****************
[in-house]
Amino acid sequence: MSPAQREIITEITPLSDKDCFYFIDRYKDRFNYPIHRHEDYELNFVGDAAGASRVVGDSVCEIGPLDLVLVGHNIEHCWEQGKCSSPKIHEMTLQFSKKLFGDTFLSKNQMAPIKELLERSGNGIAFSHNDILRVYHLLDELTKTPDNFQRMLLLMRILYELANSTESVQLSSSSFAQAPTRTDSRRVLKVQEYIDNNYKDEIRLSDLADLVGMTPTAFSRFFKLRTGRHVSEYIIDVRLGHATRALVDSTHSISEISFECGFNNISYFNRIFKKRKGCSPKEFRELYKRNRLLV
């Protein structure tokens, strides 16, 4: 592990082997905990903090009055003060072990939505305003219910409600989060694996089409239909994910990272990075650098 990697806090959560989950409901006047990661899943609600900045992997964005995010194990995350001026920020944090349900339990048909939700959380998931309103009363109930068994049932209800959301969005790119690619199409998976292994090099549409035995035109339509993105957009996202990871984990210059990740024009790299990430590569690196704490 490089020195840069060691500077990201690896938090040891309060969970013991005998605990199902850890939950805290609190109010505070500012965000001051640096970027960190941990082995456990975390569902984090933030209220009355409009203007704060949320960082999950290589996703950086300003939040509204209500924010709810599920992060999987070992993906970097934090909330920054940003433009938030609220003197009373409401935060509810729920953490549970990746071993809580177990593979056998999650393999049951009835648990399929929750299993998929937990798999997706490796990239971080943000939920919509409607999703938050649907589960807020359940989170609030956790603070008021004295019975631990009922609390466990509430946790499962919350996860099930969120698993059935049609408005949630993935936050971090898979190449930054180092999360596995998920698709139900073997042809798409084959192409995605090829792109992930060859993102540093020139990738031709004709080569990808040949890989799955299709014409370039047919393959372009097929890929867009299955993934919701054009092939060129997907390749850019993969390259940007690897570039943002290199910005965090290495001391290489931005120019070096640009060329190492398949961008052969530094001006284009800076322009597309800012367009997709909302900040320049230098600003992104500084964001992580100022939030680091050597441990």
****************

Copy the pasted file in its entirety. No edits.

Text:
[in-house]
Amino acid sequence: MSPAQREIITEITPLSDKDCFYFIDRYKDRFNYPIHRHEDYELNFVGDAAGASRVVGDSVCEIGPLDLVLVGHNIEHCWEQGKCSSPKIHEMTLQFSKKLFGDTFLSKNQMAPIKELLERSGNGIAFSHNDILRVYHLLDELTKTPDNFQRMLLLMRILYELANSTESVQLSSSSFAQAPTRTDSRRVLKVQEYIDNNYKDEIRLSDLADLVGMTPTAFSRFFKLRTGRHVSEYIIDVRLGHATRALVDSTHSISEISFECGFNNISYFNRIFKKRKGCSPKEFRELYKRNRLLV
């Protein structure tokens, strides 16, 4: 592990082997905990903090009055003060072990939505305003219910409600989060694996089409239909994910990272990075650098 990697806090959560989950409901006047990661899943609600900045992997964005995010194990995350001026920020944090349900339990048909939700959380998931309103009363109930068994049932209800959301969005790119690619199409998976292994090099549409035995035109339509993105957009996202990871984990210059990740024009790299990430590569690196704490 490089020195840069060691500077990201690896938090040891309060969970013991005998605990199902850890939950805290609190109010505070500012965000001051640096970027960190941990082995456990975390569902984090933030209220009355409009203007704060949320960082999950290589996703950086300003939040509204209500924010709810599920992060999987070992993906970097934090909330920054940003433009938030609220003197009373409401935060509810729920953490549970990746071993809580177990593979056998999650393999049951009835648990399929929750299993998929937990798999997706490796990239971080943000939920919509409607999703938050649907589960807020359940989170609030956790603070008021004295019975631990009922609390466990509430946790499962919350996860099930969120698993059935049609408005949630993935936050971090898979190449930054180092999360596995998920698709139900073997042809798409084959192409995605090829792109992930060859993102540093020139990738031709004709080569990808040949890989799955299709014409370039047919393959372009097929890929867009299955993934919701054009092939060129997907390749850019993969390259940007690897570039943002290199910005965090290495001391290489931005120019070096640009060329190492398949961008052969530094001006284009800076322009597309800012367009997709909302900040320049230098600003992104500084964001992580100022939030680091050597441990």